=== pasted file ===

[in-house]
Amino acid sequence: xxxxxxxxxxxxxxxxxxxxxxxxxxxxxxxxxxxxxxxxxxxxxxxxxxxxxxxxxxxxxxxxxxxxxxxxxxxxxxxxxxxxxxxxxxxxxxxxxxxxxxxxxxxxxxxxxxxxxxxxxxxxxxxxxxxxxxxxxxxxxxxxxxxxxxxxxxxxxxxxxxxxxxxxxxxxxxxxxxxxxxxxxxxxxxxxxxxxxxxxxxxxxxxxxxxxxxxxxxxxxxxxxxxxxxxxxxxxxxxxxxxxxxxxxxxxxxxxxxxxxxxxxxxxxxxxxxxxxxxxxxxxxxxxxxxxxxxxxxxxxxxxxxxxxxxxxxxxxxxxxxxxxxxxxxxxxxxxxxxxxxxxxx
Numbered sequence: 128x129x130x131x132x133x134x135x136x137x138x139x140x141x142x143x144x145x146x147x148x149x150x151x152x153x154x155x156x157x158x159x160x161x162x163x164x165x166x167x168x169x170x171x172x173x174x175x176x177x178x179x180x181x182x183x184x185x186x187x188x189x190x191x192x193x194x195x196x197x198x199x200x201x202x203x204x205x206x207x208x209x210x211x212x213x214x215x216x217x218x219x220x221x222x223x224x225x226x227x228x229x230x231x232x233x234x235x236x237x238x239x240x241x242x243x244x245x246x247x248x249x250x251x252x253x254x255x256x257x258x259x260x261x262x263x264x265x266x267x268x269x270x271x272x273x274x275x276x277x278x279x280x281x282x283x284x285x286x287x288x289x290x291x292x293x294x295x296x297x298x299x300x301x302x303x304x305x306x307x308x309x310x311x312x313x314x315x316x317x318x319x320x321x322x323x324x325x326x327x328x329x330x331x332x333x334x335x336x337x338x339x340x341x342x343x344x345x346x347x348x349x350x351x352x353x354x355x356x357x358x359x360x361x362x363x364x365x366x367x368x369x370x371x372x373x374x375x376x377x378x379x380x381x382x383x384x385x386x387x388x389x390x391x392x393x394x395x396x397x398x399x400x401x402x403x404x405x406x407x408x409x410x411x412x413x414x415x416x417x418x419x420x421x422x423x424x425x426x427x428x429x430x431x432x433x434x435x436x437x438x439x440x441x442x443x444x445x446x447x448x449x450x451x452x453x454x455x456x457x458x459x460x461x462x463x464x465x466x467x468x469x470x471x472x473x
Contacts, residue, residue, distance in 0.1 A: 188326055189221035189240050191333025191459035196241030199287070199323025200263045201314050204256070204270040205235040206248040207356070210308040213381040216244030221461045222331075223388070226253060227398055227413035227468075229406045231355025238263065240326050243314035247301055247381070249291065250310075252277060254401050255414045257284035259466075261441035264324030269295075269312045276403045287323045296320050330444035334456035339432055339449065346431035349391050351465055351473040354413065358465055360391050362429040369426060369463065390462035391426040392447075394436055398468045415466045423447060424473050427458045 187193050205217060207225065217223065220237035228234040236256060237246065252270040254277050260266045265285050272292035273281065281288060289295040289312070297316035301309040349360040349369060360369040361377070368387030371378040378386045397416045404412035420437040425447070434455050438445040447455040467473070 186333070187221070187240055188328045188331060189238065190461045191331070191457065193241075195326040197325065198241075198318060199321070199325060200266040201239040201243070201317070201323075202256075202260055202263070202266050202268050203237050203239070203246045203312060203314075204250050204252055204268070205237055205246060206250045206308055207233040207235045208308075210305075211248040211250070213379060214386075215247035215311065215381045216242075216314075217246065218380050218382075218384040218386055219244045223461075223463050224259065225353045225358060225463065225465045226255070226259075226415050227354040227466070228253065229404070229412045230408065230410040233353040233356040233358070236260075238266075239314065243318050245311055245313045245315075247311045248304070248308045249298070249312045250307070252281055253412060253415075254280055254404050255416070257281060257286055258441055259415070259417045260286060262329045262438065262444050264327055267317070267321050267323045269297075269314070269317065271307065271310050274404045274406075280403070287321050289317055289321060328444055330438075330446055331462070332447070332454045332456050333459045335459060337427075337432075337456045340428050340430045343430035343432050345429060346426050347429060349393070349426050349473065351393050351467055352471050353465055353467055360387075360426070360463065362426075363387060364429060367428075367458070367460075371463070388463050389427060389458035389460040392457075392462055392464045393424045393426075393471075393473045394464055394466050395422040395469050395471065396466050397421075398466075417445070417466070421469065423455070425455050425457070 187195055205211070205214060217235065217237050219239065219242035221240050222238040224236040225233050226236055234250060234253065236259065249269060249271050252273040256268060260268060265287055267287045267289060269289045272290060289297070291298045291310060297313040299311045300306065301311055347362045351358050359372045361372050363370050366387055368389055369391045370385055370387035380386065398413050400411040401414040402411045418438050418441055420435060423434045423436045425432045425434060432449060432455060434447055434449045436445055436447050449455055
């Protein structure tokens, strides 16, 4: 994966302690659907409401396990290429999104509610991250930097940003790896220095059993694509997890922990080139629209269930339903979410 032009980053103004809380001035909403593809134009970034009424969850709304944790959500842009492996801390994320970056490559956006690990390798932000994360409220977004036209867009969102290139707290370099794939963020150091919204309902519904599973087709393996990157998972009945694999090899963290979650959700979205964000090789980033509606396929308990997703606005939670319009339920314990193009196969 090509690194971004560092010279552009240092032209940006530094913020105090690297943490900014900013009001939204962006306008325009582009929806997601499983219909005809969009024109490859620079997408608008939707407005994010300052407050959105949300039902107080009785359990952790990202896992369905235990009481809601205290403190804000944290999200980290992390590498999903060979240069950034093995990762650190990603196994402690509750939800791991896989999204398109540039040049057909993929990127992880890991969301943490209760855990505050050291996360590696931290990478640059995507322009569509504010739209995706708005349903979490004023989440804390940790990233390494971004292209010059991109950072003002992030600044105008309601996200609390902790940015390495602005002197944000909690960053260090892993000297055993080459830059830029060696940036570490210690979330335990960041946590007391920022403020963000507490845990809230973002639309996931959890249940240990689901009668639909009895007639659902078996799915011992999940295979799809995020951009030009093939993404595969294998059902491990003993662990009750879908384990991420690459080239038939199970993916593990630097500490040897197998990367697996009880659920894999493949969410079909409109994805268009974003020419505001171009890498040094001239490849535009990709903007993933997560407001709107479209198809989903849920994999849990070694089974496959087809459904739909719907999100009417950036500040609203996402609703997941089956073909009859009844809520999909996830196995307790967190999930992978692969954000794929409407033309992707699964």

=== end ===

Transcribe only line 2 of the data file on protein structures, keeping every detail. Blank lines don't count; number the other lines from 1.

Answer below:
Amino acid sequence: xxxxxxxxxxxxxxxxxxxxxxxxxxxxxxxxxxxxxxxxxxxxxxxxxxxxxxxxxxxxxxxxxxxxxxxxxxxxxxxxxxxxxxxxxxxxxxxxxxxxxxxxxxxxxxxxxxxxxxxxxxxxxxxxxxxxxxxxxxxxxxxxxxxxxxxxxxxxxxxxxxxxxxxxxxxxxxxxxxxxxxxxxxxxxxxxxxxxxxxxxxxxxxxxxxxxxxxxxxxxxxxxxxxxxxxxxxxxxxxxxxxxxxxxxxxxxxxxxxxxxxxxxxxxxxxxxxxxxxxxxxxxxxxxxxxxxxxxxxxxxxxxxxxxxxxxxxxxxxxxxxxxxxxxxxxxxxxxxxxxxxxxxx